Budweiser has introduced many can designs with co-branding and sports marketing promotional packaging. Today, most of these promotional programs are represented only in the 16-ounce aluminum bottle container; however, many major league baseball and NFL teams also promote 24-ounce cans marked with team logos.
The original Budweiser pledge reads:
"We guarantee that this beer is brewed especially for our own trade according to the Budweiser process of choicest hops, best barley and rice. This beer is brewed in St. Louis and warranted to keep in any climate. Take notice that all crowns are branded with our trade-mark."The last sentence was altered slightly in the early 1900s to read:
"Take notice that all crowns bear our trade-mark."
It was altered again, albeit briefly, to read as follows:
"We guarantee that this beverage is healthful, refreshing, nutritious, free from bacteria, fully matured and aged, will keep in any climate, and fermented in St. Louis. Take note that all crowns bear our 'A' andThis pledge was reverted to the second pledge after only a few years.
'Eagle' trade mark."
An early post-Prohibition version of the label (containing U.S. Permit number MO-U-900) reads:
"We guarantee that this beer is brewed especially for our own trade according to the Budweiser process of choicest Cereals and Hops."
The current pledge was placed on the bottle some time around the end of the Second World War. It reads:
"This is the famous Budweiser beer. We know of no brand produced by any other brewer which costs so much to brew and age. Our exclusive Beechwood Aging produces a taste, a smoothness and a drinkability you will find in no other beer at any price."
While beechwood chips are used in the maturation tank, there is little to no flavor contribution from the wood, mainly because they are boiled in sodium bicarbonate [baking soda] for seven hours for the very purpose of removing any flavor from the wood. The maturation tanks (A-B call them chip tanks) that Anheuser-Busch utilizes are horizontal and, as such, flocculation of the yeast occurs much more quickly. Anheuser-Busch refers to this process as a secondary fermentation, with the idea being that the chips give the yeast more surface area to rest on. This is also combined with a krausening procedure that re-introduces wort into the chip tank therefore activating the fermentation process again. By placing chips at the bottom of the tank, the yeast remains in suspension longer, giving it more time to reabsorb and process green beer flavors, such as acetaldehyde and diacetyl, that Anheuser-Busch believes are off-flavors which detract from overall drinkability.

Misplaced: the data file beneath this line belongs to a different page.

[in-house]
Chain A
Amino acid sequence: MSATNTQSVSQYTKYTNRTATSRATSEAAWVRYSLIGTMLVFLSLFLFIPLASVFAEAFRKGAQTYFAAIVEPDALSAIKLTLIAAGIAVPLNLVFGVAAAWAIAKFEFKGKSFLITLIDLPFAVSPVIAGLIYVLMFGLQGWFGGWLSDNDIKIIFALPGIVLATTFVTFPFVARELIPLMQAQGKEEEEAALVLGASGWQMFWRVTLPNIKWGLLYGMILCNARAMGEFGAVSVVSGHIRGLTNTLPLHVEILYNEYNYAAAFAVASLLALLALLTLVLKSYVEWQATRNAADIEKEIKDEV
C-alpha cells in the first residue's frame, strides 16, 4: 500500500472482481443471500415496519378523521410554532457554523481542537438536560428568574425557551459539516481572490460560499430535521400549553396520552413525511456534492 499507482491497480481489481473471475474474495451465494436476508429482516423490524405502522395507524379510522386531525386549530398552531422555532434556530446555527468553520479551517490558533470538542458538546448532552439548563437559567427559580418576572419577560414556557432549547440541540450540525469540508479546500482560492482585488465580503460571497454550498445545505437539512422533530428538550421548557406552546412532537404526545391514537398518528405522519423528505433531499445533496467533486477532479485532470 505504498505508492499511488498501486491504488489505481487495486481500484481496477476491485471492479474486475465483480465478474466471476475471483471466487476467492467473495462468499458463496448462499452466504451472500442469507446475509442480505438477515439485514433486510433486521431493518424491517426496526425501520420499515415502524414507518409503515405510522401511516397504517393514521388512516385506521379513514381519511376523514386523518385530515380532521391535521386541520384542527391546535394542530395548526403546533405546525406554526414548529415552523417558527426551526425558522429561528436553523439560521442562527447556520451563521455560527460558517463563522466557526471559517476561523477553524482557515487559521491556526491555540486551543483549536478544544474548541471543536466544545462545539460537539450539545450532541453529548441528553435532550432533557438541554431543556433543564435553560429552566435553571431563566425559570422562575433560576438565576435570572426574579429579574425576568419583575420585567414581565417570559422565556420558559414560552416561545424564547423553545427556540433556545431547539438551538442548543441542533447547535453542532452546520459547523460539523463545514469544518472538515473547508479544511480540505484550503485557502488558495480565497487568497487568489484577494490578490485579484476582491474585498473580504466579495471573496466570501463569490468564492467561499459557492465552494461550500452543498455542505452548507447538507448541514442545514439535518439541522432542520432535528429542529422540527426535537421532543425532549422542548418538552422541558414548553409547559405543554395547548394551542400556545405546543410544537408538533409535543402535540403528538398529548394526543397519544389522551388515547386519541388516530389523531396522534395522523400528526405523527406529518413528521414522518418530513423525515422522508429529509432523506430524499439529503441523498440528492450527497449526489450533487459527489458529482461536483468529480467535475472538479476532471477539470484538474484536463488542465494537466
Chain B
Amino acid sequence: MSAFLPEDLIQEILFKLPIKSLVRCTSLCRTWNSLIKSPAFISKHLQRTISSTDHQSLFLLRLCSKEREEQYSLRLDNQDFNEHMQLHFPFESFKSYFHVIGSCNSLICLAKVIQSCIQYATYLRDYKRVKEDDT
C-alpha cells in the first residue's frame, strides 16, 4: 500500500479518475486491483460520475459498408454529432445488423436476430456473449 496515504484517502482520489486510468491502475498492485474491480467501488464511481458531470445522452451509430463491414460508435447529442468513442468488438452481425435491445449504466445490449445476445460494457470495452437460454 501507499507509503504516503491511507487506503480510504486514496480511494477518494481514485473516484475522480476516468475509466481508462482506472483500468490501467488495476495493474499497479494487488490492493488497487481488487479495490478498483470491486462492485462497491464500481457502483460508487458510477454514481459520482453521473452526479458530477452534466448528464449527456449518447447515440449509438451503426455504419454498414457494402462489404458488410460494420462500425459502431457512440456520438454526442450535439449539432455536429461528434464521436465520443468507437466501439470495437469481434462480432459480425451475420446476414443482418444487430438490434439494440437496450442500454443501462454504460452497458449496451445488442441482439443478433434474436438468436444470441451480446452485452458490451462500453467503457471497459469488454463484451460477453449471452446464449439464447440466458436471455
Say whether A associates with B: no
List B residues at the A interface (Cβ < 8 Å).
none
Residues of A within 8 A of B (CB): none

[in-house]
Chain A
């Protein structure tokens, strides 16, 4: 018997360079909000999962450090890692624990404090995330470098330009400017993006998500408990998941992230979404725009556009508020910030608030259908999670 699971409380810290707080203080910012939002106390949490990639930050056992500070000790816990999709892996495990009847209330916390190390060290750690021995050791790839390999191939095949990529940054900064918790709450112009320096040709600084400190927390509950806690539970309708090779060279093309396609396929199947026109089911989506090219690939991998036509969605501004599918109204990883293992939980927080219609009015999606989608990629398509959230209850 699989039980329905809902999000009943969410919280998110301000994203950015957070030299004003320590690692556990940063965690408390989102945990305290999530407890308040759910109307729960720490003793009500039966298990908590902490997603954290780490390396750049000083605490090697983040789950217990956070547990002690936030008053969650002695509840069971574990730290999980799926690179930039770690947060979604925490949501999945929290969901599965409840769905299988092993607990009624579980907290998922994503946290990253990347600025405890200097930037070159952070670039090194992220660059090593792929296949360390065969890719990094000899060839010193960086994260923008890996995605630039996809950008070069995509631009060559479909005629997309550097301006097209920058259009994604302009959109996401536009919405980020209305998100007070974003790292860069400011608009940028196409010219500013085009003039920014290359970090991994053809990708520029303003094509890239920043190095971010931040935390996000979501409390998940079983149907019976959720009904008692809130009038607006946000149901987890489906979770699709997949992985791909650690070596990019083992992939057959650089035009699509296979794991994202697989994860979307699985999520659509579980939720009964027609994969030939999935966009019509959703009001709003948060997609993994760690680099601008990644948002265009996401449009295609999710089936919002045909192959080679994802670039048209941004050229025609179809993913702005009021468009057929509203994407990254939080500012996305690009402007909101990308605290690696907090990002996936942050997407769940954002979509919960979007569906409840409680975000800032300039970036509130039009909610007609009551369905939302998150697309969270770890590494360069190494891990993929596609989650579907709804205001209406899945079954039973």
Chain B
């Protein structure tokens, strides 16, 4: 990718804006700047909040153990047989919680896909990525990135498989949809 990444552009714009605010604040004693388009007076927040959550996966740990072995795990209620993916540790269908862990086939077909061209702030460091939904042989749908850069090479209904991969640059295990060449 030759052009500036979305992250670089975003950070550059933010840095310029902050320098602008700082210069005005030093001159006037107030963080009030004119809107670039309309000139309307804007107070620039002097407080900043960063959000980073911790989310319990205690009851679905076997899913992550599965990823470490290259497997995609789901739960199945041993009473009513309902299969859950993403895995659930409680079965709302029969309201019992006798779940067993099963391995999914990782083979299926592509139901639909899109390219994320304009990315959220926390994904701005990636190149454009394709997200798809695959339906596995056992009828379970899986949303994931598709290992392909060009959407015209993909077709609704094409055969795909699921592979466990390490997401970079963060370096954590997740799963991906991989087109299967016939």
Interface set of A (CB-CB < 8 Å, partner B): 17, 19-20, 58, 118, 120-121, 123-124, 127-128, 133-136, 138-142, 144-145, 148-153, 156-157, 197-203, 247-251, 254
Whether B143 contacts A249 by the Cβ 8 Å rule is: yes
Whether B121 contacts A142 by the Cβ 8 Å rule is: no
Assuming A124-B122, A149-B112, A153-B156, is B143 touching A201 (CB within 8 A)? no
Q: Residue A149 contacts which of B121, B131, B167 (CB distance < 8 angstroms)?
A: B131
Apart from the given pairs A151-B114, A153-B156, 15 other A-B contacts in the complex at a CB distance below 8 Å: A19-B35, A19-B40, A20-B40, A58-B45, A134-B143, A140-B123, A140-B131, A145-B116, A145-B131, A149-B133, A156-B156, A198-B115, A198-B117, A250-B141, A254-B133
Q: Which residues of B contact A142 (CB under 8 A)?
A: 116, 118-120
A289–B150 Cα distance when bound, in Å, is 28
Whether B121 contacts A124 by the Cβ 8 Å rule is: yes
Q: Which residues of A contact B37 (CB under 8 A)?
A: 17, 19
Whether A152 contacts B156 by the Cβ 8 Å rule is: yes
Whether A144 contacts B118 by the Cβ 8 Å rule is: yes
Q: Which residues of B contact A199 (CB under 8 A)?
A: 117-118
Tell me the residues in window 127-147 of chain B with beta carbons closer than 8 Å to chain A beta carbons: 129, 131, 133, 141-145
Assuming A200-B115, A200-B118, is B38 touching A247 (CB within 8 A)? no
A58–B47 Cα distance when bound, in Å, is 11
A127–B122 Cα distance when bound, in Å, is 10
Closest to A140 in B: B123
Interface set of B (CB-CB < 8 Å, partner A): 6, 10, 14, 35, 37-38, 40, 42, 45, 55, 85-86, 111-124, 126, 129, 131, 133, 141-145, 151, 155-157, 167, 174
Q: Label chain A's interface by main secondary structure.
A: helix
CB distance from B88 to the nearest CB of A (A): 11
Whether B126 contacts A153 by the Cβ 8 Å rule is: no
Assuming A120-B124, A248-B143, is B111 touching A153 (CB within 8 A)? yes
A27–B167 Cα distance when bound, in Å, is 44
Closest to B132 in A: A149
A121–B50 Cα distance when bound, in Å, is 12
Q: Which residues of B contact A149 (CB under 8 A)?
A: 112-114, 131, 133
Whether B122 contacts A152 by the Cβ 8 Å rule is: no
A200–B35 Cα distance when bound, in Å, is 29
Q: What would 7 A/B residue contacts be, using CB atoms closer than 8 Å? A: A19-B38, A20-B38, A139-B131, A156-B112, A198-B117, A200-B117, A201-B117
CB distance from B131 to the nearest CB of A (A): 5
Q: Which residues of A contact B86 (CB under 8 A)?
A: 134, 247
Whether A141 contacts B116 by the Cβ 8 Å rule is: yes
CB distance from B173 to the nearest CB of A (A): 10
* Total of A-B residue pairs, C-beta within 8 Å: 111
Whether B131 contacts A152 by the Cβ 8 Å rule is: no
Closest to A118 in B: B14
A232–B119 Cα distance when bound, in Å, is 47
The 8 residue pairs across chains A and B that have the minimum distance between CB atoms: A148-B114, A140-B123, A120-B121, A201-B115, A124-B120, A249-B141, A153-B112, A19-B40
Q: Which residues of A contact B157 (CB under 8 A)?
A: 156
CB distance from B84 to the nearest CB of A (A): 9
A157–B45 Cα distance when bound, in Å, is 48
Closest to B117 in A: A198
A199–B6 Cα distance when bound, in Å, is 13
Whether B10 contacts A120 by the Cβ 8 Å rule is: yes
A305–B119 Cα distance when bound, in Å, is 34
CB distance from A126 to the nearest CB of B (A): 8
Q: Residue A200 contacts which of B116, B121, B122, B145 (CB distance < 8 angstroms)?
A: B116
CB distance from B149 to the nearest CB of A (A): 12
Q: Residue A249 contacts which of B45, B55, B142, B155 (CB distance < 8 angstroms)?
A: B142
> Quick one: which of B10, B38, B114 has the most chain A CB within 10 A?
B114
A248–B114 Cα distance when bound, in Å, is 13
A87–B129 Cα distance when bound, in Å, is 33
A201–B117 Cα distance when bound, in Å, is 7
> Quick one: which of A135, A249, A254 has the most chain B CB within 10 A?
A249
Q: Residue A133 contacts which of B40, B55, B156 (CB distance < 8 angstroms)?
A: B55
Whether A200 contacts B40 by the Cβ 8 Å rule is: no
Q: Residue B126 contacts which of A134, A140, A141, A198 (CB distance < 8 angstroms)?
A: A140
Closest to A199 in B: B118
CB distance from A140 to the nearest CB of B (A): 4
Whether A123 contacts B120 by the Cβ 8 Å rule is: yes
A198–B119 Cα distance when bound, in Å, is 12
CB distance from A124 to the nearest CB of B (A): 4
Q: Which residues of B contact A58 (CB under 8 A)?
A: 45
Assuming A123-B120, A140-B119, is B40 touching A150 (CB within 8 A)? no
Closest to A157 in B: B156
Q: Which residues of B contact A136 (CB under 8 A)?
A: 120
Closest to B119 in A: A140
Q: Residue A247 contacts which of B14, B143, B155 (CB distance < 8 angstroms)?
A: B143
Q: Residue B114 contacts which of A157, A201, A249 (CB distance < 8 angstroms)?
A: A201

While some drinkers prefer the lightness of beers like Budweiser and consume it as a refreshment or for its inebriating effects, most beer writers consider it to be bland. The beer is light-bodied with faint sweet notes and negligible bitterness, leading to reviews characterising it as a "...beer of underwhelming blandness".
Baseball broadcaster Harry Caray, who worked for the St. Louis Cardinals and later the Chicago Cubs, always championed the taste of Budweiser, even after he had been fired by the Busch company, which then owned the Cardinals. He said in interviews (such as a special that was produced by WGN-TV in the early 1990s) that he touted Bud because he thought it had the best flavor of any American beer.
Non-alcoholic version of Budweiser developed for the Middle Eastern market. Also available in Green Apple and Tropical Fruits versions.